What Does It Mean to Be Preapproved vs. Prequalified?
Both are important steps when securing a loan
Lenders often use the words “preapproved” and “prequalified” when talking about their lending processes for loans like mortgages. While they may sound similar, the two terms are actually quite different.
Prequalification comes first, and it’s usually a simpler, faster process than preapproval. The lender will ask you for basic financial information and quickly assess whether you might be a good candidate for a mortgage loan, personal loan, or event a credit card. Preapproval, on the other hand, requires a more thorough look at your financial situation. The lender will pull your credit report and give you a firm confirmation of the loan amount you can qualify for.
Both processes can give you an idea of your loan prospects, as well as what you might be able to afford. The key difference is that a preapproval requires lender verification and is essentially a commitment to underwriting the loan (though definitely not a final approval just yet).
What Does Prequalified Mean?
For most lenders, getting prequalified is the first step toward a loan or line of credit. You’ll need to answer a few questions about your income, assets, debts, credit, and/or projected home purchase, and if you appear to meet the lender’s basic qualification standards, they’ll give you an estimate of how much you can afford. Since you don’t need to submit any documents, you can usually complete this process over the phone or via an online form.
The main point to emphasize here is that the lender is basing their prequalification on the information you provide. They’re not verifying your income or pulling your credit, which means your credit score won’t be affected. That all comes later, as part of the preapproval process.
Take your prequalified loan amount with a grain of salt. Since the lender hasn’t verified your income or credit score, there’s a good chance it could change.
What Does Preapproved Mean?
Preapproval is a much more comprehensive evaluation of your financial standing. The lender will pull your credit report, and you’ll need to provide proof of income, such as W-2 forms and pay stubs, as well as documentation of other financial assets.
Assuming you meet the lender’s eligibility requirements, you’ll get what’s known as a “preapproval letter.” A mortgage preapproval letter is often good for 90 days. After that, the lender may need to pull your credit report again. The letter should state how much you can borrow, and in many cases, the interest rate you can expect.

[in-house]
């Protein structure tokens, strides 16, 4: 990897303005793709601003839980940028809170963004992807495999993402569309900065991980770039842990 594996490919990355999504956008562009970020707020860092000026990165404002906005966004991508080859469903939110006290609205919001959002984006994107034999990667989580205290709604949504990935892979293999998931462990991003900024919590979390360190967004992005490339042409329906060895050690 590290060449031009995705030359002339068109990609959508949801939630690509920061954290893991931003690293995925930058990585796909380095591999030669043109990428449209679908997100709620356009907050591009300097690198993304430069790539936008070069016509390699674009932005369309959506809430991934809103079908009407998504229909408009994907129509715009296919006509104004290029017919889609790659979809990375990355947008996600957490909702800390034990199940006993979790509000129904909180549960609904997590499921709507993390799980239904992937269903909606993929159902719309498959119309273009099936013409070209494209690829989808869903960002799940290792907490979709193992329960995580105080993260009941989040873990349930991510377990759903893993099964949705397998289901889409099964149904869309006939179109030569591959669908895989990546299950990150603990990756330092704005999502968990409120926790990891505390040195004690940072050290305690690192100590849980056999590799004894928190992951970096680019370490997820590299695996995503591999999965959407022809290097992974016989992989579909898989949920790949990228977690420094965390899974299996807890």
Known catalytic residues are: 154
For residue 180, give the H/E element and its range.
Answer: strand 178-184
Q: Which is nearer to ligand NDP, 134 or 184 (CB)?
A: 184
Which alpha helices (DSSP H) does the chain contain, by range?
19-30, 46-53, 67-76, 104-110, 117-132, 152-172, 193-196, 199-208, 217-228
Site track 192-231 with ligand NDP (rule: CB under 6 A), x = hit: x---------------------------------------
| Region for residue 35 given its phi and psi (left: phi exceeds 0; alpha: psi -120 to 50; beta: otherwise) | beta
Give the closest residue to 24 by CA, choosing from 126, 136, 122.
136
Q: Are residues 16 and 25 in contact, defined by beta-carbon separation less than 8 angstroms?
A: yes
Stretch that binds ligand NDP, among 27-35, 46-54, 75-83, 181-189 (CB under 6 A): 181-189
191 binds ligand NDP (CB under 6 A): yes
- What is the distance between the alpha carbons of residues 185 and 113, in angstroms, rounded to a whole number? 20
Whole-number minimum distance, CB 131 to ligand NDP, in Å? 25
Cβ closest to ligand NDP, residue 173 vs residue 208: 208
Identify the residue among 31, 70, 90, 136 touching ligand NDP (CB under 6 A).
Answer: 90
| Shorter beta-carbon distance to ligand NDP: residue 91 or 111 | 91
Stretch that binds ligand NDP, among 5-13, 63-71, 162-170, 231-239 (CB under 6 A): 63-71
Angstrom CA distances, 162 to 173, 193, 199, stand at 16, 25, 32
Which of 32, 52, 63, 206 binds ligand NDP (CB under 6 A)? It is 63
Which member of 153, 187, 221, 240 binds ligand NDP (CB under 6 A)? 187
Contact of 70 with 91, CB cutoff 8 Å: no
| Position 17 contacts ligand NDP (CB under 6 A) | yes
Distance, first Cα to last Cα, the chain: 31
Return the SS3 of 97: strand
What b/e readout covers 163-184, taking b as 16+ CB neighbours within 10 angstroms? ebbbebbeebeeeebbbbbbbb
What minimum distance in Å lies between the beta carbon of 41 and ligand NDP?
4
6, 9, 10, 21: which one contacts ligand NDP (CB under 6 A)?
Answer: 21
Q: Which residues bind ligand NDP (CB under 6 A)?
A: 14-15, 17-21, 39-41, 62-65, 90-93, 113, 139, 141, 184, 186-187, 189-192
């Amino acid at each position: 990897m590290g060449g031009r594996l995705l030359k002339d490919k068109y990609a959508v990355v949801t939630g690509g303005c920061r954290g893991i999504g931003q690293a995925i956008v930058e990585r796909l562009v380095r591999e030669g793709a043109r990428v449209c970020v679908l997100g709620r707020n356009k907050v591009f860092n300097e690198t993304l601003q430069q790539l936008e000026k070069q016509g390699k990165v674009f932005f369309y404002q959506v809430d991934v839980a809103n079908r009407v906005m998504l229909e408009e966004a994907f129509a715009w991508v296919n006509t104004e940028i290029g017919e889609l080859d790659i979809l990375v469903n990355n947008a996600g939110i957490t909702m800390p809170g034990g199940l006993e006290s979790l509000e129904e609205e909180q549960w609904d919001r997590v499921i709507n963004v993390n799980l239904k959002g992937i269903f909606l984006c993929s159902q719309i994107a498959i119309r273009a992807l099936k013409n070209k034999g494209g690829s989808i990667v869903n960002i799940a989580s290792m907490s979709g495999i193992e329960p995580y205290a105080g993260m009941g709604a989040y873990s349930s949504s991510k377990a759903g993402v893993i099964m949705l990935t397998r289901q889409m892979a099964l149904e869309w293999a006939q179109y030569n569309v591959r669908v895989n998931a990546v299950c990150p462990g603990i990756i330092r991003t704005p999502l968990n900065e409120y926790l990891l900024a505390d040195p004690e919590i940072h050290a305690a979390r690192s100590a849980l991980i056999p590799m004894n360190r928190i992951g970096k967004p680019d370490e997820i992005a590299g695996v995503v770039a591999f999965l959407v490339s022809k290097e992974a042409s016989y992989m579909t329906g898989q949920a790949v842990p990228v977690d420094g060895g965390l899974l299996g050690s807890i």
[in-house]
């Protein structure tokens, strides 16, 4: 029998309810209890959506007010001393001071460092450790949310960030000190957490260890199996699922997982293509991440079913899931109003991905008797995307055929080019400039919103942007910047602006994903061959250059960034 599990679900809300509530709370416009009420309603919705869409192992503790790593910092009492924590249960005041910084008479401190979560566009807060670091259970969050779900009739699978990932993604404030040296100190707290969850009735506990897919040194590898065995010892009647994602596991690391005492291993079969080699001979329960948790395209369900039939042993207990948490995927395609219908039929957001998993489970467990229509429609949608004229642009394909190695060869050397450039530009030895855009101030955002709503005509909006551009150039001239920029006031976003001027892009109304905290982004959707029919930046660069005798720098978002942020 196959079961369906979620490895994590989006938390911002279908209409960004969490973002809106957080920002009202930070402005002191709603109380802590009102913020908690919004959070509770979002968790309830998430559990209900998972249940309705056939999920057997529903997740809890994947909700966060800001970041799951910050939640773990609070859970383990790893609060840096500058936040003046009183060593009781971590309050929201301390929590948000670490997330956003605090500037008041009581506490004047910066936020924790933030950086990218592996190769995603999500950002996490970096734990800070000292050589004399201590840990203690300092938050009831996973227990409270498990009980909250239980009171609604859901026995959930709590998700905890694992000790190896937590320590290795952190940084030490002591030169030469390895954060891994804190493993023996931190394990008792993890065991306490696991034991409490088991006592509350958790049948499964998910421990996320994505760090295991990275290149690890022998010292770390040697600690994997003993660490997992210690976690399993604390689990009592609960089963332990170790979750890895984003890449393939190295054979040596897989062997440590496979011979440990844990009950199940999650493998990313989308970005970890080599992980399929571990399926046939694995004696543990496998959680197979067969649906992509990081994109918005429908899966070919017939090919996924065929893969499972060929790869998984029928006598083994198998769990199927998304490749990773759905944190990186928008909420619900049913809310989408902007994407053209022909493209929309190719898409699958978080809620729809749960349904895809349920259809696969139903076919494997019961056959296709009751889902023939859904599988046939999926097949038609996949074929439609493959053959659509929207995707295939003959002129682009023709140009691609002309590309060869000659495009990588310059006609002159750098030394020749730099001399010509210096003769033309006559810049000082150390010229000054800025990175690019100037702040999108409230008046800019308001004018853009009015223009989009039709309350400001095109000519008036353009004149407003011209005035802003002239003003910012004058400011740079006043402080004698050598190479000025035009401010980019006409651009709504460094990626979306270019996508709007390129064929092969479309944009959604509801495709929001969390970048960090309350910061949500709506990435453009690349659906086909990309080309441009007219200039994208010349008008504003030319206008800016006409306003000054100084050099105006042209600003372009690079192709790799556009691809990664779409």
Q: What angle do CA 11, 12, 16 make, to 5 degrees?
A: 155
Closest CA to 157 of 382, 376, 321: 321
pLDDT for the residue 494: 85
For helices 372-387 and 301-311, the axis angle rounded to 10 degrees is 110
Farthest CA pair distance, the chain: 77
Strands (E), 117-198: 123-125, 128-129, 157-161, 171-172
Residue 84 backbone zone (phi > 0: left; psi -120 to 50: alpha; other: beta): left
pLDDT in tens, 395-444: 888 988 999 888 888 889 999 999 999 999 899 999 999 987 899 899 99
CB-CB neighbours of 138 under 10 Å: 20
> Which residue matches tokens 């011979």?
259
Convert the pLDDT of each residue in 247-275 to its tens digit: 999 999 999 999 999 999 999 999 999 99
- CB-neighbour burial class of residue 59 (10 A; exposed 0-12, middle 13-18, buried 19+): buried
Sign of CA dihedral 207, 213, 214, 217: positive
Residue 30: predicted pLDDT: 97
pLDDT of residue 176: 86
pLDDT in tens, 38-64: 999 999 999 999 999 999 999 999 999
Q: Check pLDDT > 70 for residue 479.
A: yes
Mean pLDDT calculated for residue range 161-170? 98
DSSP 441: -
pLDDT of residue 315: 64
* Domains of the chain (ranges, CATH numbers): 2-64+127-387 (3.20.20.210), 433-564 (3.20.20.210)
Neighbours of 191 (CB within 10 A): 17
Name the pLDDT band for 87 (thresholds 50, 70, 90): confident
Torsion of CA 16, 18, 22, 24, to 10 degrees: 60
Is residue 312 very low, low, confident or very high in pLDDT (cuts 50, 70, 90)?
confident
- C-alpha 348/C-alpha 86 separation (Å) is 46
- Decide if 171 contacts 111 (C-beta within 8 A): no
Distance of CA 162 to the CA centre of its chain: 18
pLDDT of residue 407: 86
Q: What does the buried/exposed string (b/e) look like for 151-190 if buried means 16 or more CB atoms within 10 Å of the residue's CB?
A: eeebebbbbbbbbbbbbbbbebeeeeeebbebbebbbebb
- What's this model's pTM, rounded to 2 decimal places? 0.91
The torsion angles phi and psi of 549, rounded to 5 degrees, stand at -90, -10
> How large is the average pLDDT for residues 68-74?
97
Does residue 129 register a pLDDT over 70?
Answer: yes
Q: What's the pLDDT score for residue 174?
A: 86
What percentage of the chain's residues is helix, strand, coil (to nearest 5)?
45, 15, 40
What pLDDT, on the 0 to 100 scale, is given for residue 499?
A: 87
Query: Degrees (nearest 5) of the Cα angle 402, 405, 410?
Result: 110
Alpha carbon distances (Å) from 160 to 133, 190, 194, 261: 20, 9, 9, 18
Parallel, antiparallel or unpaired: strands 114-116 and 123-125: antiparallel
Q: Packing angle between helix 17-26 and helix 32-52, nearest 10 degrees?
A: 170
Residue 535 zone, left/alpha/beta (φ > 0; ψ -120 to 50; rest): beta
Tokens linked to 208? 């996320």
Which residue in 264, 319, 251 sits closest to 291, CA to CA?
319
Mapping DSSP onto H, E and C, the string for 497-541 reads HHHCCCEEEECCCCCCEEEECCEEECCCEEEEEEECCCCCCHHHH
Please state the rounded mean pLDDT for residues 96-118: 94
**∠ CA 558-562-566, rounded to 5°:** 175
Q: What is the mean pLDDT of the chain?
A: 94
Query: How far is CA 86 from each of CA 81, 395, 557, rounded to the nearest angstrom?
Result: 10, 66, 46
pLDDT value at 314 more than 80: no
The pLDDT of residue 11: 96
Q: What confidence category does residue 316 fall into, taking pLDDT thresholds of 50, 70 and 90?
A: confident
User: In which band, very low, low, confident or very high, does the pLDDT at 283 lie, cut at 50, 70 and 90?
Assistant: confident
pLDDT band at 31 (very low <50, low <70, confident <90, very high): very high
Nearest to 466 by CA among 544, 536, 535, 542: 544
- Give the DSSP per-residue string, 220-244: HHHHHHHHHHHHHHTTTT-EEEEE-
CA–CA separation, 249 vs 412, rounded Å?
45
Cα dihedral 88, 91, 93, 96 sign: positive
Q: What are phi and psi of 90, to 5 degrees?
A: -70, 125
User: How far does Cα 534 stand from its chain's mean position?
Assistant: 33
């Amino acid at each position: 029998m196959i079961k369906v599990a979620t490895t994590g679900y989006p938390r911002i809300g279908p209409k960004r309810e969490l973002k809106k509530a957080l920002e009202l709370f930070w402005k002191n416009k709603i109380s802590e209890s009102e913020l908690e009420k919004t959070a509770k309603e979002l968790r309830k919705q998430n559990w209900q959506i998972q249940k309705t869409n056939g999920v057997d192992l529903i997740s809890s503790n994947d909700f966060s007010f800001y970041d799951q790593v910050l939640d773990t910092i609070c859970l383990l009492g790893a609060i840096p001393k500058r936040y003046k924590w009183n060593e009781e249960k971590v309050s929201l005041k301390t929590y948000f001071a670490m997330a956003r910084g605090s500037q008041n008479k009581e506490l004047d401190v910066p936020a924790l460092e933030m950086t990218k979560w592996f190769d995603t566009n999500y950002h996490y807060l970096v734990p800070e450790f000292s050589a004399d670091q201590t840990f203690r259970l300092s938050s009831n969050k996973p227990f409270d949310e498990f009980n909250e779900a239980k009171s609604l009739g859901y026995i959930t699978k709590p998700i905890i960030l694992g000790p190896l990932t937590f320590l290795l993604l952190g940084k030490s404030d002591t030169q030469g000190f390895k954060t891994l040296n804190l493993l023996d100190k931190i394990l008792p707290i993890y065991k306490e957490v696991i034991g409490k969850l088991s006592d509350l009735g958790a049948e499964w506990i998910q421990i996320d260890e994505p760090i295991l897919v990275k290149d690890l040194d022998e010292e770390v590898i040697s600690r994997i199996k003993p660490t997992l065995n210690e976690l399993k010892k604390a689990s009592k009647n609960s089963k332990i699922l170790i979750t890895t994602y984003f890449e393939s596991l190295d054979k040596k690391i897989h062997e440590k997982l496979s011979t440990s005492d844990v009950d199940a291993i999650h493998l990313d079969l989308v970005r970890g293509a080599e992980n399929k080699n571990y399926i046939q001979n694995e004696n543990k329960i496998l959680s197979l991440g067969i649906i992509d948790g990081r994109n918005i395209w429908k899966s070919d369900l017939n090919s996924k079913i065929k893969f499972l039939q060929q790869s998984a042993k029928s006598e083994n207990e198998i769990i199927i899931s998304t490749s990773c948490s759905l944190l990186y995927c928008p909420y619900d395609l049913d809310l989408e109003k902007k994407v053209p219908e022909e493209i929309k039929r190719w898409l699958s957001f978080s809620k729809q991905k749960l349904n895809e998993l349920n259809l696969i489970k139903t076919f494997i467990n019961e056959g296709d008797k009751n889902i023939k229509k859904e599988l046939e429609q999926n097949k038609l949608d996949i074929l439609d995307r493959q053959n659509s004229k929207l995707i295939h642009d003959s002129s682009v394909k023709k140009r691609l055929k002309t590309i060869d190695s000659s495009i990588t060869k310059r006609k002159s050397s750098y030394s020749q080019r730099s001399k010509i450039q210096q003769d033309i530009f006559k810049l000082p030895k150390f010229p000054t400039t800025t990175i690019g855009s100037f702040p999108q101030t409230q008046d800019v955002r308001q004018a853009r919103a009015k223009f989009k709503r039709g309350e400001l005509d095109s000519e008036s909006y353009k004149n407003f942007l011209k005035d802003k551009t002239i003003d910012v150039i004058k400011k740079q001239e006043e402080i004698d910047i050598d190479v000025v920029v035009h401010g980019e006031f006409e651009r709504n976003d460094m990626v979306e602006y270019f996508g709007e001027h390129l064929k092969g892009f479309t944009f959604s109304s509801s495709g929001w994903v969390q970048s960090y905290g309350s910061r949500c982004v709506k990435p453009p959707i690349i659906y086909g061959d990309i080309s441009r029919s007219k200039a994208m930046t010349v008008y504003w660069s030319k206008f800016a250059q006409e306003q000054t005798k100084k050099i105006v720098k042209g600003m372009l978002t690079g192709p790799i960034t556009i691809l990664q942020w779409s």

Though you may be preapproved for a certain loan amount, be careful about maxing out your budget. Use a reliable calculator to gauge what you can truly afford month-to-month.
If you’re looking to buy a home, you can use the preapproval letter to help guide your search. Consider including it in any purchase offers you submit as well. Sellers are often more confident in a bid when they see that a buyer is preapproved. In some cases, it may even help you win out over other buyers.
Prequalified vs. Preapproved
|Brief assessment of your finances||Thorough assessment of your finances|
|You provide the information, online or verbally||Credit and income information is verified by documentation|
|Loan amount can change||Loan amount is more reliable|
After Getting Preapproved for a Mortgage
Once you’re preapproved, you can start shopping for a home, if you haven’t already. When you’ve found a property and the seller has accepted your offer, you may need to provide additional documentation to finalize your loan application. Your loan will then move through processing, and then underwriting, which is the final verification of your financial details against the eligibility requirements of the loan. If all goes well, you could be scheduled for closing in just a few weeks.
Keep a tight rein on your finances after being preapproved. Stay up to date on your bills, avoid opening new credit cards or loans, and steer clear of racking up additional debt in the weeks leading up to your closing. You may also want to avoid changing jobs until your loan is finalized.
Preapproved vs. Prequalified: The Bottom Line
Both prequalification and preapproval are important steps in the borrowing or home buying process, but they’re not one and the same. While getting prequalified can give you a rough idea of what your loan options might look like, it’s not a commitment from a lender by any means. Preapproval will give you a solid idea of what you can afford as a borrower.